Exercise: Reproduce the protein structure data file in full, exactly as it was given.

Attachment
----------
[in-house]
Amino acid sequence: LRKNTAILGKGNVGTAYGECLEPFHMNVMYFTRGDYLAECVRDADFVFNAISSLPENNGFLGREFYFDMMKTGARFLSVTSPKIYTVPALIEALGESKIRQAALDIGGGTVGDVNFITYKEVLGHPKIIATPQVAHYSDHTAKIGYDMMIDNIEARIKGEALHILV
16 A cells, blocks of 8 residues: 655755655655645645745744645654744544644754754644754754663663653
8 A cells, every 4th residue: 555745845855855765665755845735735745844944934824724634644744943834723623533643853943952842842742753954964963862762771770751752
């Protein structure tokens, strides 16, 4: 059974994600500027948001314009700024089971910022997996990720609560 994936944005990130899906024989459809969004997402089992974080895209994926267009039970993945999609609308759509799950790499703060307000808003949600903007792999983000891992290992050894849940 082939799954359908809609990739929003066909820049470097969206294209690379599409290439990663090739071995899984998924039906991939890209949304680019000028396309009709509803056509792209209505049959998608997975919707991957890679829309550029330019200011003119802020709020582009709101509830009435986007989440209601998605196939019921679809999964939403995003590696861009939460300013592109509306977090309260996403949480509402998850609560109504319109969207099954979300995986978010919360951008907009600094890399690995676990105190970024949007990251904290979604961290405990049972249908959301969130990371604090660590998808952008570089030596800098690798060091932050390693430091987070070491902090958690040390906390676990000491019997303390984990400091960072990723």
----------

[in-house]
Amino acid sequence: LRKNTAILGKGNVGTAYGECLEPFHMNVMYFTRGDYLAECVRDADFVFNAISSLPENNGFLGREFYFDMMKTGARFLSVTSPKIYTVPALIEALGESKIRQAALDIGGGTVGDVNFITYKEVLGHPKIIATPQVAHYSDHTAKIGYDMMIDNIEARIKGEALHILV
16 A cells, blocks of 8 residues: 655755655655645645745744645654744544644754754644754754663663653
8 A cells, every 4th residue: 555745845855855765665755845735735745844944934824724634644744943834723623533643853943952842842742753954964963862762771770751752
């Protein structure tokens, strides 16, 4: 059974994600500027948001314009700024089971910022997996990720609560 994936944005990130899906024989459809969004997402089992974080895209994926267009039970993945999609609308759509799950790499703060307000808003949600903007792999983000891992290992050894849940 082939799954359908809609990739929003066909820049470097969206294209690379599409290439990663090739071995899984998924039906991939890209949304680019000028396309009709509803056509792209209505049959998608997975919707991957890679829309550029330019200011003119802020709020582009709101509830009435986007989440209601998605196939019921679809999964939403995003590696861009939460300013592109509306977090309260996403949480509402998850609560109504319109969207099954979300995986978010919360951008907009600094890399690995676990105190970024949007990251904290979604961290405990049972249908959301969130990371604090660590998808952008570089030596800098690798060091932050390693430091987070070491902090958690040390906390676990000491019997303390984990400091960072990723």